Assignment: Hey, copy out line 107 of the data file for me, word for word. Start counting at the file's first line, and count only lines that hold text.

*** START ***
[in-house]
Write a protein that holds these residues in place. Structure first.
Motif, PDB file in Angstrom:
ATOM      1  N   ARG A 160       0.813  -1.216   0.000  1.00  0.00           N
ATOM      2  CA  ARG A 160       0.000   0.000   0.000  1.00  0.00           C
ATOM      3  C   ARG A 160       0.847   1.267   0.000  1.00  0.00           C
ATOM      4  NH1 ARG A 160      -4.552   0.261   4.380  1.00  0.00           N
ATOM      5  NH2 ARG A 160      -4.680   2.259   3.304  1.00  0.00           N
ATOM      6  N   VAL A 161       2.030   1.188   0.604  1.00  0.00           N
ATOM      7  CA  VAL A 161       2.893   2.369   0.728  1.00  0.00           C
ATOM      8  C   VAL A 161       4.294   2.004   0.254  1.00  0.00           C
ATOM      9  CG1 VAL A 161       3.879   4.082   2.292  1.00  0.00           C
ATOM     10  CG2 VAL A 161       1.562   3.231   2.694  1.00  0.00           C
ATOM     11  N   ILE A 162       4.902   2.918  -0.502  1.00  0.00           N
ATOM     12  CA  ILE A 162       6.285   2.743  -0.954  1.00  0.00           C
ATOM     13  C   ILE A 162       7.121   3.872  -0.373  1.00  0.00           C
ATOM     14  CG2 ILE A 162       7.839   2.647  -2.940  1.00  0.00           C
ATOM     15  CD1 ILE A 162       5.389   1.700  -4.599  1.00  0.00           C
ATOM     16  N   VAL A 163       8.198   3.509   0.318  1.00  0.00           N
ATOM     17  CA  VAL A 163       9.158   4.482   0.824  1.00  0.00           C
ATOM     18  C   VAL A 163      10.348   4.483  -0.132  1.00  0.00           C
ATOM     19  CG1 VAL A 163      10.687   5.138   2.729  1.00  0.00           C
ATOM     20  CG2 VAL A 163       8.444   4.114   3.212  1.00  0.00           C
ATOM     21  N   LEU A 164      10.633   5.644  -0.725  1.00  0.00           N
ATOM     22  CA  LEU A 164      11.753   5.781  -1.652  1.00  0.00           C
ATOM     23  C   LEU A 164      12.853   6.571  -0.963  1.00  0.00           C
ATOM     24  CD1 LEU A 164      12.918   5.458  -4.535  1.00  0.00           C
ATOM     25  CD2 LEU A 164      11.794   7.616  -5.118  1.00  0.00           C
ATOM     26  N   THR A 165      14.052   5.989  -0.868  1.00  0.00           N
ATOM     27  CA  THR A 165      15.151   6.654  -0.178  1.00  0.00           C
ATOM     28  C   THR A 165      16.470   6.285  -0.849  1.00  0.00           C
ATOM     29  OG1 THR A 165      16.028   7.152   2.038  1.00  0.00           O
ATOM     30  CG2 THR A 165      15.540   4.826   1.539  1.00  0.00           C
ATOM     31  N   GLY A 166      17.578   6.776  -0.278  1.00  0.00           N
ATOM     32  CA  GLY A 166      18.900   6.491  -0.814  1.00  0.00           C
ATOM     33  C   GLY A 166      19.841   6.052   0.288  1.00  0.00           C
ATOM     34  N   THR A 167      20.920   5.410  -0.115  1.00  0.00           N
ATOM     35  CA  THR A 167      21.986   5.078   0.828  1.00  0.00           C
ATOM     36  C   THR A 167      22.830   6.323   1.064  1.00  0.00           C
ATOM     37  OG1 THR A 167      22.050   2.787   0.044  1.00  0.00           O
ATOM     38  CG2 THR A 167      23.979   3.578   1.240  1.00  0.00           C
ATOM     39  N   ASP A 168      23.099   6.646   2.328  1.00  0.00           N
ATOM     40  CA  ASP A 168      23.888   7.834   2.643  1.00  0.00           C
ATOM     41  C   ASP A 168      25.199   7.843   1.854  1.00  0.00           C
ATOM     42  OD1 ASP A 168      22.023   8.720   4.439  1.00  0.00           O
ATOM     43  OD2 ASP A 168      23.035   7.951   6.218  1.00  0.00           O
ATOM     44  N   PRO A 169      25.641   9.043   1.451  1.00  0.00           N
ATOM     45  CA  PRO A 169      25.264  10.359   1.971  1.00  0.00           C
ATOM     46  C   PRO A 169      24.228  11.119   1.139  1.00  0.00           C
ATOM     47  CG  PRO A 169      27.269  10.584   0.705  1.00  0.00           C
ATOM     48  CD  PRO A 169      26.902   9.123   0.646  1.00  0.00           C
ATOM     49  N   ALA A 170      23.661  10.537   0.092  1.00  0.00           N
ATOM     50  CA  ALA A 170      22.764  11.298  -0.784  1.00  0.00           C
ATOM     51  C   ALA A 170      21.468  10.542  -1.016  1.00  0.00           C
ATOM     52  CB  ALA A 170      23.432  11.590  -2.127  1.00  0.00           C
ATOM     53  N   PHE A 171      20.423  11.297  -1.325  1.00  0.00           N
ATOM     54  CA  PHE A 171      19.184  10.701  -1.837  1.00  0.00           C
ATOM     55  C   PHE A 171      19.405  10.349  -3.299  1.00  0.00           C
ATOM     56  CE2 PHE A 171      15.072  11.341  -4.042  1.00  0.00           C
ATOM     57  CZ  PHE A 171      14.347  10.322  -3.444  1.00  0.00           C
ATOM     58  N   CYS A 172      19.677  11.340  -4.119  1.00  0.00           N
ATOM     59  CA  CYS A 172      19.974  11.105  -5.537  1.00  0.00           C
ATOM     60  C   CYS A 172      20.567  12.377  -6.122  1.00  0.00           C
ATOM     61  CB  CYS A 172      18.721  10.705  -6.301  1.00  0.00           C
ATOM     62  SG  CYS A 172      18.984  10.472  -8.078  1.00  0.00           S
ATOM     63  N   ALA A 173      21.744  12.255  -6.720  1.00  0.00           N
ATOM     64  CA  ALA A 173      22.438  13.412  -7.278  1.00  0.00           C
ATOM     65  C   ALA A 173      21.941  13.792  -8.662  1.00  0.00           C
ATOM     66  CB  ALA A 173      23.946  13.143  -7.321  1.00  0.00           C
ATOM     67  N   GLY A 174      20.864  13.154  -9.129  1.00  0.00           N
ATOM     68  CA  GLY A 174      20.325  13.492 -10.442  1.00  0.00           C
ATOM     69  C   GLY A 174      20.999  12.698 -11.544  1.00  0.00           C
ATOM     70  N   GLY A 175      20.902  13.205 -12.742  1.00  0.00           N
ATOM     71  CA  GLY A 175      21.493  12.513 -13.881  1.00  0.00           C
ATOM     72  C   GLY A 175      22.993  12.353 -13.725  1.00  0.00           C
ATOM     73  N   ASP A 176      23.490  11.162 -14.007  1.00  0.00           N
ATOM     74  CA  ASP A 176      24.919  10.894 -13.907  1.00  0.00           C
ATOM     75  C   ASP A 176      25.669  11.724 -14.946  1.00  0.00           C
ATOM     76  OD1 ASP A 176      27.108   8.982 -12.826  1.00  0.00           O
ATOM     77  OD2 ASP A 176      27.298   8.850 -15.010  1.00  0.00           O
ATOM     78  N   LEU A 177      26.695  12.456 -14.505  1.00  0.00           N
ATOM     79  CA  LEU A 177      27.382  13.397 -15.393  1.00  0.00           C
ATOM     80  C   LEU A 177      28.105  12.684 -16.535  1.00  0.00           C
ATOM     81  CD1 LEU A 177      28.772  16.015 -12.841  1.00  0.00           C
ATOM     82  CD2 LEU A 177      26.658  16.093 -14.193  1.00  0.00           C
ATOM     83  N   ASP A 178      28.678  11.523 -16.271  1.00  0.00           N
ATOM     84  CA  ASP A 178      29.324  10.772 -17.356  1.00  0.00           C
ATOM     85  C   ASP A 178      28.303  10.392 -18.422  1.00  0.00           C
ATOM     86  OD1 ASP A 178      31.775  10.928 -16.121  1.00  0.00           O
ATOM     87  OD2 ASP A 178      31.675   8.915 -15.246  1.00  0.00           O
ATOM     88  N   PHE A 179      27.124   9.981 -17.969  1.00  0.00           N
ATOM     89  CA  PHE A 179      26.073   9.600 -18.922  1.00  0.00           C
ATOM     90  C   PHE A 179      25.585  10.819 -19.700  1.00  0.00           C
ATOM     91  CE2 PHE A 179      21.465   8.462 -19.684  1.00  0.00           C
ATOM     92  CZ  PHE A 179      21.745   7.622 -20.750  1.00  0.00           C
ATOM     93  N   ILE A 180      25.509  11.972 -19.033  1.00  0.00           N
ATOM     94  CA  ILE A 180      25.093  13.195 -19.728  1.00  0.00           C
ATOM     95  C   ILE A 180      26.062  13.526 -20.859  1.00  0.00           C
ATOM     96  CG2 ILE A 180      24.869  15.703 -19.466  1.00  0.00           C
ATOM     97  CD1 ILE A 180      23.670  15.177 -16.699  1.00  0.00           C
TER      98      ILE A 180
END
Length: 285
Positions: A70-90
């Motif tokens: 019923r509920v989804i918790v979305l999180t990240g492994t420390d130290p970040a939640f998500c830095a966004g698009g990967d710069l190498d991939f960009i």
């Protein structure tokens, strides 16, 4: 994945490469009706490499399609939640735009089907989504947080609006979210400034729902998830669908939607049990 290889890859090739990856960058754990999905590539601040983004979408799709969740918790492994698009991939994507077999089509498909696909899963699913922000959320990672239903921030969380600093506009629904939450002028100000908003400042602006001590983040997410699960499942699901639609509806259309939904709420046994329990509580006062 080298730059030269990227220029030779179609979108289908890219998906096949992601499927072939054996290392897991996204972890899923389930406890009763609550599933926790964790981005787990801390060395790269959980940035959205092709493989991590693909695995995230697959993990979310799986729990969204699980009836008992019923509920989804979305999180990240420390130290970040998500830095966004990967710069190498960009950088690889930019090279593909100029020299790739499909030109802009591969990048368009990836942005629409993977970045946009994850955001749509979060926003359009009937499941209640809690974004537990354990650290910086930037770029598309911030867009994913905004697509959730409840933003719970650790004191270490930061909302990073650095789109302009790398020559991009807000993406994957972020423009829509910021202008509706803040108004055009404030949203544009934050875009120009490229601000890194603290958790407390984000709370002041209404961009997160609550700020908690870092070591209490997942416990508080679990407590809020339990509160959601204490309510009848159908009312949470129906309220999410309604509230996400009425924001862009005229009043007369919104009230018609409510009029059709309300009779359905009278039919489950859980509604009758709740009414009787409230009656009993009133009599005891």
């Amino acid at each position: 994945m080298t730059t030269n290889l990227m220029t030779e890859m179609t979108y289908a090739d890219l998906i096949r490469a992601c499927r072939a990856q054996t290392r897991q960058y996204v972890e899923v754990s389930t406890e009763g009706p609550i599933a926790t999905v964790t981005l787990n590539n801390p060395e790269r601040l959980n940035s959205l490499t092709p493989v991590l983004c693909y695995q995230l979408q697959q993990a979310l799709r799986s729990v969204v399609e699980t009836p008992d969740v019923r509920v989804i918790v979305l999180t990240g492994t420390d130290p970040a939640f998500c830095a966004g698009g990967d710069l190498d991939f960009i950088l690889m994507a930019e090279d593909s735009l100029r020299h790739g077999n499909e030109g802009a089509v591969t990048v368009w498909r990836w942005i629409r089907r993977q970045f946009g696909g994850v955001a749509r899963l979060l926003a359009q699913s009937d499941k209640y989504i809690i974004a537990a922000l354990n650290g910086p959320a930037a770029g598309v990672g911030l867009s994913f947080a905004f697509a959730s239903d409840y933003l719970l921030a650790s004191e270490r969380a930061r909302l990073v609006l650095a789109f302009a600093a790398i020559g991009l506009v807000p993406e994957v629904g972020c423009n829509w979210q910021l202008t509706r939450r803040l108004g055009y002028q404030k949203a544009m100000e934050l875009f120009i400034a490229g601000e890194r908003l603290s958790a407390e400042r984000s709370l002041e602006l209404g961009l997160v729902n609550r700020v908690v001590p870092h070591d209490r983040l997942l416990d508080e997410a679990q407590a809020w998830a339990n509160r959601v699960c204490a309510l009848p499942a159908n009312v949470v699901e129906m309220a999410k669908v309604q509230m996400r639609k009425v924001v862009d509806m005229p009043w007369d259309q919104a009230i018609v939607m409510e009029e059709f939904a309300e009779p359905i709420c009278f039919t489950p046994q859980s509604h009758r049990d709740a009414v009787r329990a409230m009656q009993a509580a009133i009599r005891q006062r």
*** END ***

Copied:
């Amino acid at each position: 994945m080298t730059t030269n290889l990227m220029t030779e890859m179609t979108y289908a090739d890219l998906i096949r490469a992601c499927r072939a990856q054996t290392r897991q960058y996204v972890e899923v754990s389930t406890e009763g009706p609550i599933a926790t999905v964790t981005l787990n590539n801390p060395e790269r601040l959980n940035s959205l490499t092709p493989v991590l983004c693909y695995q995230l979408q697959q993990a979310l799709r799986s729990v969204v399609e699980t009836p008992d969740v019923r509920v989804i918790v979305l999180t990240g492994t420390d130290p970040a939640f998500c830095a966004g698009g990967d710069l190498d991939f960009i950088l690889m994507a930019e090279d593909s735009l100029r020299h790739g077999n499909e030109g802009a089509v591969t990048v368009w498909r990836w942005i629409r089907r993977q970045f946009g696909g994850v955001a749509r899963l979060l926003a359009q699913s009937d499941k209640y989504i809690i974004a537990a922000l354990n650290g910086p959320a930037a770029g598309v990672g911030l867009s994913f947080a905004f697509a959730s239903d409840y933003l719970l921030a650790s004191e270490r969380a930061r909302l990073v609006l650095a789109f302009a600093a790398i020559g991009l506009v807000p993406e994957v629904g972020c423009n829509w979210q910021l202008t509706r939450r803040l108004g055009y002028q404030k949203a544009m100000e934050l875009f120009i400034a490229g601000e890194r908003l603290s958790a407390e400042r984000s709370l002041e602006l209404g961009l997160v729902n609550r700020v908690v001590p870092h070591d209490r983040l997942l416990d508080e997410a679990q407590a809020w998830a339990n509160r959601v699960c204490a309510l009848p499942a159908n009312v949470v699901e129906m309220a999410k669908v309604q509230m996400r639609k009425v924001v862009d509806m005229p009043w007369d259309q919104a009230i018609v939607m409510e009029e059709f939904a309300e009779p359905i709420c009278f039919t489950p046994q859980s509604h009758r049990d709740a009414v009787r329990a409230m009656q009993a509580a009133i009599r005891q006062r």